Of the presumptive Game 1 starters, only New Jersey's Brodeur and Pittsburgh's Fleury have won Cups as No. 1s. An astounding seven goalies without any NHL playoff experience have muscled their way into starting roles (sidebar, right). Excluding Brodeur and Fleury, the 14 other first-night goalies have won just 113 playoffs games among them.
But more disquieting than the greenish tint to playoff goaltending—everybody's first Cup had to come sometime—are the number of established starters for serious Cup contenders whose teams are on tenterhooks.
And quick hooks.
Evgeni Nabokov again backstops win-or-bust San Jose, which was dumped by eighth-seeded Anaheim in the first round last year. He ranked fourth in save percentage and fifth in GAA prior to starting for Russia at the Olympics. In 18 NHL games since being exposed by Team Canada—he gave up six goals in a 7--3 quarterfinal train wreck—Nabokov, who along with Brodeur is the only goalie to have three straight 40-win NHL seasons, had a 2.97 GAA and a .902 save percentage. He also was yanked twice in losses last month.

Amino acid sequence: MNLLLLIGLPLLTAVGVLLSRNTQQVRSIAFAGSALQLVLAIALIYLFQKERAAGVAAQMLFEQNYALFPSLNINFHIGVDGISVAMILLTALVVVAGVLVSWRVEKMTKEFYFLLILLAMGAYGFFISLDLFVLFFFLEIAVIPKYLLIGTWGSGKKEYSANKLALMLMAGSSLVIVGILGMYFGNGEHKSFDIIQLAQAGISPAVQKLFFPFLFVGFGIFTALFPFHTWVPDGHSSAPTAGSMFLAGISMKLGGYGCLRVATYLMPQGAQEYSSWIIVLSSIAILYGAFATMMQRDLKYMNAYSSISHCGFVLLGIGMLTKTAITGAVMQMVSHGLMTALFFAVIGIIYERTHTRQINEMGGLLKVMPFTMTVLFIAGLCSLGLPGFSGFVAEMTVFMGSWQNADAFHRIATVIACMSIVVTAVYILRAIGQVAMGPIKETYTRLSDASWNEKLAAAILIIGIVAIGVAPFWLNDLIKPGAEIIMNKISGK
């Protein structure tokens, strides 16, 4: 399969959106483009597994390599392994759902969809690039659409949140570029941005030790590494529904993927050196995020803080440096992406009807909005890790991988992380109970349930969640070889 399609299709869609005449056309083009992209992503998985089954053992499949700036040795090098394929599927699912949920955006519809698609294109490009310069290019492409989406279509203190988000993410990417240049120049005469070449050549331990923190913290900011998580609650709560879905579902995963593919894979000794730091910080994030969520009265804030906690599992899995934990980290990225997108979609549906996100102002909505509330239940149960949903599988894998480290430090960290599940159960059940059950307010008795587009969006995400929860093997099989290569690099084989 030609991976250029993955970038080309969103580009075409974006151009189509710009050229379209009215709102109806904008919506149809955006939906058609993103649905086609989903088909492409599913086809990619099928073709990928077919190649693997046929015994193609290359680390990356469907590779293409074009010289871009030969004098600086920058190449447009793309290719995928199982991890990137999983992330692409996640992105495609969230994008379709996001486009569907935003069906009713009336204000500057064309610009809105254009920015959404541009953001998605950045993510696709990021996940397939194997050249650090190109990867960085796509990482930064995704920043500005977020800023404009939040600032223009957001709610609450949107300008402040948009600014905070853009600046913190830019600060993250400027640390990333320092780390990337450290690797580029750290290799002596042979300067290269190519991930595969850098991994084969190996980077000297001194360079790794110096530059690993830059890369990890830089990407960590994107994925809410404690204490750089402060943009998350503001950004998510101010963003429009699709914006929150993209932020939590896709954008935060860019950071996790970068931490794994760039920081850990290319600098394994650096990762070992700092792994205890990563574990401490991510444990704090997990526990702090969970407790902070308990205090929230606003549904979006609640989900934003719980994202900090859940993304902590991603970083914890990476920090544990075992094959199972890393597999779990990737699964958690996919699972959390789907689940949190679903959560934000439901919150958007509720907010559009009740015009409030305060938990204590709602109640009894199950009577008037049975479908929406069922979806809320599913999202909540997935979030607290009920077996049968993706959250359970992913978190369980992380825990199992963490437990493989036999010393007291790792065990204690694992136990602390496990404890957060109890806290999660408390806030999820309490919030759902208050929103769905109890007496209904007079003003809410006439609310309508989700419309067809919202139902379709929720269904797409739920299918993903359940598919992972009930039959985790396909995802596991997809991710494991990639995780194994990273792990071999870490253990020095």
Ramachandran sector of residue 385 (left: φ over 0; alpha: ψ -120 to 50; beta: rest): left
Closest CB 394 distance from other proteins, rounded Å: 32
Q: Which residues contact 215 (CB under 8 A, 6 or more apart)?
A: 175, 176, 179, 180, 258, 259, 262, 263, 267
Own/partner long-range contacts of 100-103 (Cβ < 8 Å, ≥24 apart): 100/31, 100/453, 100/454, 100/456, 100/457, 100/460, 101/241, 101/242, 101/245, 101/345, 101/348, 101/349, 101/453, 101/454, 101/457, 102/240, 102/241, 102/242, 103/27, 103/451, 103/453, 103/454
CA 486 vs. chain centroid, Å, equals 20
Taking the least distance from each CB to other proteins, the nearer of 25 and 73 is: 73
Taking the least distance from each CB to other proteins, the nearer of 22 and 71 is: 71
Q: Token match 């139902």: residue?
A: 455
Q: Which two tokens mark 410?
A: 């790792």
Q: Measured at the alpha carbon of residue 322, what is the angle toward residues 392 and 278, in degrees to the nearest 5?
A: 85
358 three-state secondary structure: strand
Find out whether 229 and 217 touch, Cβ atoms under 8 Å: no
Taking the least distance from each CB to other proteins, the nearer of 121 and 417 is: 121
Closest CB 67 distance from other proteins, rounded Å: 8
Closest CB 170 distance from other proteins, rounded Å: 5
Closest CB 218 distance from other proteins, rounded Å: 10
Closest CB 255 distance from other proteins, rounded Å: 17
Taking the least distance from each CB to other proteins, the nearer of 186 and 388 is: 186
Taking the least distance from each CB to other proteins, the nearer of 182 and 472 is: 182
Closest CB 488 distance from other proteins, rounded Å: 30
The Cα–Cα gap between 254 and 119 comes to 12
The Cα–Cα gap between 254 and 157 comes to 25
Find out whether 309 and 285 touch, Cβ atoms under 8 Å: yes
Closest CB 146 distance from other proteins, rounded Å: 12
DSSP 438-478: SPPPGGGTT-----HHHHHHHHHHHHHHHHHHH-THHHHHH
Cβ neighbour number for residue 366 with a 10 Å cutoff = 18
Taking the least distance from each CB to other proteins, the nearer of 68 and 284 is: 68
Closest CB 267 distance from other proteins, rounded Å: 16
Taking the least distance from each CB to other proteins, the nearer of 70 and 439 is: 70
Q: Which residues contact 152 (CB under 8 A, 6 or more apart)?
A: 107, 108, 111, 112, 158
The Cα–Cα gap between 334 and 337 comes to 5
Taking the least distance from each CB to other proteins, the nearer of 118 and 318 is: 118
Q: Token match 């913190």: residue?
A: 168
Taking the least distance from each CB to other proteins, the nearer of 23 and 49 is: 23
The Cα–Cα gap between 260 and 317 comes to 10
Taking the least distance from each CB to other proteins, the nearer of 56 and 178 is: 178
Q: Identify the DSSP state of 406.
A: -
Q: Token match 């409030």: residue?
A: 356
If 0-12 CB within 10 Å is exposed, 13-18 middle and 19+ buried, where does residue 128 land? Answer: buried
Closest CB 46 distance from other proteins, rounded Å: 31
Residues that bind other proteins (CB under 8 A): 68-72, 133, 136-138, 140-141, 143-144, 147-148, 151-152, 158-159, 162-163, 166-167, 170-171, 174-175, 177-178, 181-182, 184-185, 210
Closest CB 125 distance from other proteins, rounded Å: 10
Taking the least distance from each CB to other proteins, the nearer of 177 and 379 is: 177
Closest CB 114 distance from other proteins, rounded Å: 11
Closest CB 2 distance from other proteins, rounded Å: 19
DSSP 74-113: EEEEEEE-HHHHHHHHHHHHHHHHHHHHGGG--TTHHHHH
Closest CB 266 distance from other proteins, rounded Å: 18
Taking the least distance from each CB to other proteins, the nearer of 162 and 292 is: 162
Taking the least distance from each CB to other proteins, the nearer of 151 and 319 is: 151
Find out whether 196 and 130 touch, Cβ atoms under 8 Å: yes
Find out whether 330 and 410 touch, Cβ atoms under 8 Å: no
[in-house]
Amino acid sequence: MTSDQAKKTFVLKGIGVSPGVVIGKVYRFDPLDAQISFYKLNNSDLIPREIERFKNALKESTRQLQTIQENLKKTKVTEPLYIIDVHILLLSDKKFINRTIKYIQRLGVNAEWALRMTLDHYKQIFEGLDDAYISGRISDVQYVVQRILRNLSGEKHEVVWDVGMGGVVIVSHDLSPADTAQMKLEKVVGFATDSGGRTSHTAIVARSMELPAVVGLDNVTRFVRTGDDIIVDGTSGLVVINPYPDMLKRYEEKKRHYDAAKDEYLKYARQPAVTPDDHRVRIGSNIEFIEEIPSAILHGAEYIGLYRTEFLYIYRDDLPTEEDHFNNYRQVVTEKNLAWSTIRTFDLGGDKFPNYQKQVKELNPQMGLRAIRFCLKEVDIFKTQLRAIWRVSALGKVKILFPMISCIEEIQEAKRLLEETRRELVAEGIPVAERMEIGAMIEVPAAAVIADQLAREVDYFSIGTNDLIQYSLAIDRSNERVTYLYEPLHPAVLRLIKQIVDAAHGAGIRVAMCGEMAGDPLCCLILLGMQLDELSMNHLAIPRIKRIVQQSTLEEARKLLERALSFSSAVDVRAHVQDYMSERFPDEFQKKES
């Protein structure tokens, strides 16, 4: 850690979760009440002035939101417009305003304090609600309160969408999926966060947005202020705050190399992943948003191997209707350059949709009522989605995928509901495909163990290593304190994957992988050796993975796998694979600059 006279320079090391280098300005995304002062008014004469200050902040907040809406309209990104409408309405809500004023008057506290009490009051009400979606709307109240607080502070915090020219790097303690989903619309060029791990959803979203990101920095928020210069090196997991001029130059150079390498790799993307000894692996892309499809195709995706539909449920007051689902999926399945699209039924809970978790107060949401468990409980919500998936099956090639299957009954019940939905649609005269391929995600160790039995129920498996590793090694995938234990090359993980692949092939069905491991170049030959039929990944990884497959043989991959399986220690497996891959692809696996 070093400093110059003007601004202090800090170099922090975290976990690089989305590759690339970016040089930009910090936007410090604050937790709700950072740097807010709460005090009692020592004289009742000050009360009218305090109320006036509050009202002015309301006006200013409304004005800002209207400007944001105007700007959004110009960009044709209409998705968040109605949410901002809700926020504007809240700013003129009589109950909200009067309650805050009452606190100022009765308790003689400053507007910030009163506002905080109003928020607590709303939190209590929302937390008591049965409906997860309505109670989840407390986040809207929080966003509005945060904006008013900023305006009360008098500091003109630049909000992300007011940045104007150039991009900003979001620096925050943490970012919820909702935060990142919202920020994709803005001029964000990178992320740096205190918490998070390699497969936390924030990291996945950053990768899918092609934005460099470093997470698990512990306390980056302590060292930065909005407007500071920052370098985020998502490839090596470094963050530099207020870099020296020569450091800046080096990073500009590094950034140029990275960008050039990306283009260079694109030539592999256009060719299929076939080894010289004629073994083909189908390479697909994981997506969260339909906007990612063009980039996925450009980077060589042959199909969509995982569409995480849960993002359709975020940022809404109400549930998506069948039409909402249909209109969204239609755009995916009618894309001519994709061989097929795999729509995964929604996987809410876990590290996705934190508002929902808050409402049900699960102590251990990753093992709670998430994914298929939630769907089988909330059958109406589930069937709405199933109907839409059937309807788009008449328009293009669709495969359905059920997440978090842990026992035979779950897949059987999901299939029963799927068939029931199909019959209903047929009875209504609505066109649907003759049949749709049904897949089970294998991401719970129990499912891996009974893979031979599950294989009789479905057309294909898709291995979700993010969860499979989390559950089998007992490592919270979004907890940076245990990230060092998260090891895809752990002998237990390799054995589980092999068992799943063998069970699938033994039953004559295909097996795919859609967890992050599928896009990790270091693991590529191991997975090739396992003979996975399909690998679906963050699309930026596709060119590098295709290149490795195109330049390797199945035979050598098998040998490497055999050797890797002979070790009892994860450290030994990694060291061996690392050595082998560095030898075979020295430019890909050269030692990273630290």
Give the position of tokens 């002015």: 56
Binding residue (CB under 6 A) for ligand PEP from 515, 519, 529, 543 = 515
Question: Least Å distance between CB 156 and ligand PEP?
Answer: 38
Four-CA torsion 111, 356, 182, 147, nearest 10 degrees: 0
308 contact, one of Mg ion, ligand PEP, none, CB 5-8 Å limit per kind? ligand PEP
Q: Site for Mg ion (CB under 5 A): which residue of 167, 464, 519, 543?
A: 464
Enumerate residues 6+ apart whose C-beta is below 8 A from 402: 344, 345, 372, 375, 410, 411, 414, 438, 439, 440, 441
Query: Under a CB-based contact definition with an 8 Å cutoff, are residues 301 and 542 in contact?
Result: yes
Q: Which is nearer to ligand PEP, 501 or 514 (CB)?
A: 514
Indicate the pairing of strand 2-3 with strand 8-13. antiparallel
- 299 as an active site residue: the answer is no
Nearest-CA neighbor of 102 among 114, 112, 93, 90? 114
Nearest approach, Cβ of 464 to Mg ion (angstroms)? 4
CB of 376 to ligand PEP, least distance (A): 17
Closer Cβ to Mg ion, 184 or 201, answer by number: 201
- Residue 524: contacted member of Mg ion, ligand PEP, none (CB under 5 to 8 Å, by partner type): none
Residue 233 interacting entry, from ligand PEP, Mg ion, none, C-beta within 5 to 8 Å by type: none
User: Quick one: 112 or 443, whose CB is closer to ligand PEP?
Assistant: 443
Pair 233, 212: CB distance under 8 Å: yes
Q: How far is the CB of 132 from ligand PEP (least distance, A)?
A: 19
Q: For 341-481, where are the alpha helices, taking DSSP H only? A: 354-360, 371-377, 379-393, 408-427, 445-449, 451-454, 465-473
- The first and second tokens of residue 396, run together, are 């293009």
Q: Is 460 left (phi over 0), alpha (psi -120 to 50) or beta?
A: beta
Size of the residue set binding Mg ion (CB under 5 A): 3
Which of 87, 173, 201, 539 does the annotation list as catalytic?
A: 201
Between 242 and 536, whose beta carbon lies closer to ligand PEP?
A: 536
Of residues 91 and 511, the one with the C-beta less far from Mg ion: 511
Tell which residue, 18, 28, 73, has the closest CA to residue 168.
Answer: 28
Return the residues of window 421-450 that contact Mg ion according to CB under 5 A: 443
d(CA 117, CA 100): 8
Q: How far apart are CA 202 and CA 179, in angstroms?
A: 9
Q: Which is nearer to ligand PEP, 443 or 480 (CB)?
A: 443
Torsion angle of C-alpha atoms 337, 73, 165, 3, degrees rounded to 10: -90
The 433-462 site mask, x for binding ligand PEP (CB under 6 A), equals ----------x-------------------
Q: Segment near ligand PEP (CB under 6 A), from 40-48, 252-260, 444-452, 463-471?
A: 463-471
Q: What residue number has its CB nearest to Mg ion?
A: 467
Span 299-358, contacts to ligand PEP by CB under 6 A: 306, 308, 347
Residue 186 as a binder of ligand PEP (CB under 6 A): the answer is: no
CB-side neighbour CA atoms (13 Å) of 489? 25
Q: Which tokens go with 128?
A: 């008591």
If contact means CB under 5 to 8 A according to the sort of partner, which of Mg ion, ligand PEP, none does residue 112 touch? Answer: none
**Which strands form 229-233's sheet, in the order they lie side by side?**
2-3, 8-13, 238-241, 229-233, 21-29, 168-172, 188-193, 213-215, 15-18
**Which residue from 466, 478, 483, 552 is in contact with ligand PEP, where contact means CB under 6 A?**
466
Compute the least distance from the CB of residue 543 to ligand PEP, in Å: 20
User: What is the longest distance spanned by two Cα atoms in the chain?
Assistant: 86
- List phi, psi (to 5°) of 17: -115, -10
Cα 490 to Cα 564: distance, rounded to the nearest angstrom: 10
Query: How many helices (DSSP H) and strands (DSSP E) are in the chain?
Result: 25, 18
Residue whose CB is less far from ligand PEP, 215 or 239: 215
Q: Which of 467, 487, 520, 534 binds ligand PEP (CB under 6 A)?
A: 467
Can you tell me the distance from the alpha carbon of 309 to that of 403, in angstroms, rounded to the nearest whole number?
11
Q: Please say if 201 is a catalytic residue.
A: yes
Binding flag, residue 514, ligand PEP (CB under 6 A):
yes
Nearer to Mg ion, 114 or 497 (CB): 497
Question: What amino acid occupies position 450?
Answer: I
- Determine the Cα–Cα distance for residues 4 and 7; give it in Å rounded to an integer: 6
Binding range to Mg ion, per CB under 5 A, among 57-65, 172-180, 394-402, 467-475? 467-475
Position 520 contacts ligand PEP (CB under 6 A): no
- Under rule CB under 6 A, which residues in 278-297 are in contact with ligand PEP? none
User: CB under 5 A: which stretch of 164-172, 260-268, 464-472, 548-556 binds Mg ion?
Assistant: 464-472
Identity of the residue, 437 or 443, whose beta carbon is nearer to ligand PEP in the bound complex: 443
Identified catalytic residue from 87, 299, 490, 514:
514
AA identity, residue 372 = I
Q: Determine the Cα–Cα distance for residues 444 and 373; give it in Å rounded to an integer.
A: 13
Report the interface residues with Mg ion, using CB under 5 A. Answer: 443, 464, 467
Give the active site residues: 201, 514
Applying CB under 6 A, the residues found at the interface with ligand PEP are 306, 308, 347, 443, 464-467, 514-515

Nor has the triumphant Olympic goalie, the Canucks' Roberto Luongo, been immune from such jitters. Luongo, whose glove can turn to stone under pressure, has been pedestrian if not embarrassing, except on April 1 in L.A. when the Kings whipped eight past him. He allowed more than one even-strength goal in 12 of 16 post-Olympic starts.
There will be a goalie skating with a 35-pound hunk of hardware one glorious night in mid-June. That's pretty much the guideline. It's also the only guarantee in the confounding world of 2010 NHL playoff goaltending.
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Once it was a hockey solecism not to ride a single goalie. Now it has become a strategy.